Cultural studies

When Stuart Hall was White

James Vernon
Public Books
Stuart Hall, the Jamaican immigrant who became one of the premier left wing intellectuals in the United Kingdom during the last half century, was a pioneering theorist on the rise of the right wing in modern politics, an major exponent of postcolonial theory, and a founder of Cultural Studies as an academic discipline. In this ironically titled review of two new important books of Hall's writing, Vernon offers a compelling portrait of this important figure.

It's Only Words

Narendar Pani
The Hindu
In Banking on Words, Arjun Appadurai argues that the 2008 financial crisis was, in essence, a failure of language. Narendar Pani finds that argument somewhat overstated, while at the same time acknowledging this book's "path-breaking" analysis of the role language has come to play in the way markets behave and are managed.

Lester K. Spence's 'Knocking The Hustle'

Brandon Soderberg
The City Paper
The idea that "everything and everybody everywhere should operate as if they were a business" has emerged a working definition of contemporary neoliberalism. Another way of putting it is that "everything and everybody everywhere" should actually be a business. Lester K. Spence shows how this philosophy pains most of us while focusing on neoliberalism's effects on black politics. Brandon Soderberg offers an introduction to Spence's argument.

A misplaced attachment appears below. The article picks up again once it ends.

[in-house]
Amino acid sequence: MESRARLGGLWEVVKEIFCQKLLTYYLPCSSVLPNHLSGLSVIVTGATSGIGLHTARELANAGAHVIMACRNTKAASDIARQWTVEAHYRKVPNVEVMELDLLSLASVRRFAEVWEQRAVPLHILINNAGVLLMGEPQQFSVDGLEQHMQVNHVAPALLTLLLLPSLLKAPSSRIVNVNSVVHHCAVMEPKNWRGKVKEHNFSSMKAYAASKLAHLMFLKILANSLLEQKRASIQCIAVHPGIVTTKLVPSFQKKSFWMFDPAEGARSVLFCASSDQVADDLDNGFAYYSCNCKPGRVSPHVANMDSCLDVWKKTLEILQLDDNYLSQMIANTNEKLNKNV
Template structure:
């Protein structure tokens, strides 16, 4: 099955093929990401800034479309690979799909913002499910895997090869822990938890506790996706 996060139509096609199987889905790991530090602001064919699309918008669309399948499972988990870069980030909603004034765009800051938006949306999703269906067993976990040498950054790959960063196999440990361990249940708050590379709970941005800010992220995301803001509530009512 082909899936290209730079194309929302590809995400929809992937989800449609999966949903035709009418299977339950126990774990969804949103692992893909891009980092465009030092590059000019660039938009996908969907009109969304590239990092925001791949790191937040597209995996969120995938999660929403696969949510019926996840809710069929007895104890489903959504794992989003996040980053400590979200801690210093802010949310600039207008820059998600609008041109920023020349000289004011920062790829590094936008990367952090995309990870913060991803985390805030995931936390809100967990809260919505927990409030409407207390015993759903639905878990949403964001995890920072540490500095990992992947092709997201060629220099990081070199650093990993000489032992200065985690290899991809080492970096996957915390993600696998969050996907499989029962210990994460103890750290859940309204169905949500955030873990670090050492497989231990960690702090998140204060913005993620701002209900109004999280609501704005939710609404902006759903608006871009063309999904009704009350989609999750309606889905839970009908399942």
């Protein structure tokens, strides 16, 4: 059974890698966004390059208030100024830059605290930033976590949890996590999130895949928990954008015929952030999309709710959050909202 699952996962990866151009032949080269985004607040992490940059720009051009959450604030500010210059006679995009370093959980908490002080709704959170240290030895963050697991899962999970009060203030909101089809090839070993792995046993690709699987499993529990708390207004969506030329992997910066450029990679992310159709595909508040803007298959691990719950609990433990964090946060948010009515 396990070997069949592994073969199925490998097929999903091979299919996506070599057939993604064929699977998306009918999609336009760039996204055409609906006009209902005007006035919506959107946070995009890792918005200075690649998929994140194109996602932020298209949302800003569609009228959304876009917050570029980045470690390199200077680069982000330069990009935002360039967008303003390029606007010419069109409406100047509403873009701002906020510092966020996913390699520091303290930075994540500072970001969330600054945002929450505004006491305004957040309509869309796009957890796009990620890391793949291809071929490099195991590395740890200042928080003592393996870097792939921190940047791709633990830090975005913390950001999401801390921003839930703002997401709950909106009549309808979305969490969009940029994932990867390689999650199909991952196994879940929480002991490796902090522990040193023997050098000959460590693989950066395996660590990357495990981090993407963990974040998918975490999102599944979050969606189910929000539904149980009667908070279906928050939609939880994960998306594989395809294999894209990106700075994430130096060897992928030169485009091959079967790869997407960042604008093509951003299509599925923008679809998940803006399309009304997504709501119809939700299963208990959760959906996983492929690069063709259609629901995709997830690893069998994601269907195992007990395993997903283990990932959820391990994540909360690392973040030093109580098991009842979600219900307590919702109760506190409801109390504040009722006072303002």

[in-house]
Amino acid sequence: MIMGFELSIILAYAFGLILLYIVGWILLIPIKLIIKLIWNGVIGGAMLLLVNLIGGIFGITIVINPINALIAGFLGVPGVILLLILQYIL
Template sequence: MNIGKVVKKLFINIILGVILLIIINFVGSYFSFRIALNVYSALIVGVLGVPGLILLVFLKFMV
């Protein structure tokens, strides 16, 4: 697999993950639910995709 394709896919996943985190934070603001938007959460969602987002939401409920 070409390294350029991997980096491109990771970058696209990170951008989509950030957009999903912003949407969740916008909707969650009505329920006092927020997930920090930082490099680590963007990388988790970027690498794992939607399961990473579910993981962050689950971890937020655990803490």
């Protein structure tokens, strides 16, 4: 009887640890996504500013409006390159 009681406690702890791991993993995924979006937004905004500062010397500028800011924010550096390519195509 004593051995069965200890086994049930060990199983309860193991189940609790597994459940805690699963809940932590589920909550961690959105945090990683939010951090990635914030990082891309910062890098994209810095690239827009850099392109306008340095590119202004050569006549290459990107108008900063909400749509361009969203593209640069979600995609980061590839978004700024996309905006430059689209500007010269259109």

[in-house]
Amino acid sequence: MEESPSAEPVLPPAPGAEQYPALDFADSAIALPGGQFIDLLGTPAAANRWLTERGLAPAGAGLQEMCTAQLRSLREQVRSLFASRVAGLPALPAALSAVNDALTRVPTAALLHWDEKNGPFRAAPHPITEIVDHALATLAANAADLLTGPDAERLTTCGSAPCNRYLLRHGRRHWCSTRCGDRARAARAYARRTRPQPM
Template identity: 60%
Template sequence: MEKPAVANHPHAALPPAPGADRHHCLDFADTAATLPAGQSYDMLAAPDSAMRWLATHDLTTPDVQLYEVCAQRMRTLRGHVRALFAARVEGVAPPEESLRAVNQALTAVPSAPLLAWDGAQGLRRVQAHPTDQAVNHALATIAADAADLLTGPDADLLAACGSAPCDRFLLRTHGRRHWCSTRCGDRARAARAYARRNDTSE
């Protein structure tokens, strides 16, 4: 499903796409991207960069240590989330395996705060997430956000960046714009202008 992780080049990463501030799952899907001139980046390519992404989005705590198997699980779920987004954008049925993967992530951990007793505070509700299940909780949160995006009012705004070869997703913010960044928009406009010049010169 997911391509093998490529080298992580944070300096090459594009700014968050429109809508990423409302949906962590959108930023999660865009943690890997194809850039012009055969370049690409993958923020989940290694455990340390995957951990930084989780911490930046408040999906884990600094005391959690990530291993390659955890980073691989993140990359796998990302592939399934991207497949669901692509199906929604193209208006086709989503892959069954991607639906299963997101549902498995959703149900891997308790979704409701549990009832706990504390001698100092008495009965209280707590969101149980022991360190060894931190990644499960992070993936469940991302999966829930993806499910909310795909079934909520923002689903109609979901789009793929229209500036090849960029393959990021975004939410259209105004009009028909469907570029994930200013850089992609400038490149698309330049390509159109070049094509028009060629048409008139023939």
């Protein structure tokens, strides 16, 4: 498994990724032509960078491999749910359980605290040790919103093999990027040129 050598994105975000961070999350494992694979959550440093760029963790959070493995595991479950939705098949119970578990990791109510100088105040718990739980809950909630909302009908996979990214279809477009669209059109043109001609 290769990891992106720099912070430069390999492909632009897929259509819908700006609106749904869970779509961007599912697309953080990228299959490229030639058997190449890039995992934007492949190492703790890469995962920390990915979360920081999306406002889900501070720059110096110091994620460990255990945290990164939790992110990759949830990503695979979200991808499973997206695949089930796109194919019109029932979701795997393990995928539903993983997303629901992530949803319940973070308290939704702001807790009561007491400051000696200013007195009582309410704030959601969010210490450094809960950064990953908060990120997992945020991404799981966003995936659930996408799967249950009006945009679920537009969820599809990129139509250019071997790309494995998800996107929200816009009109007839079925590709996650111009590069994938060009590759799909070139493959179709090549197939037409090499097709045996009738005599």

In a Land Before iTunes

Tim Barker
The New Republic
The worldwide cultural revolution initiated by the invention of records and record players has been vast and helps define what it has meant to be both "modern" and "post-modern." In this new book, Michael Denning surveys the scope and breadth of this revolution.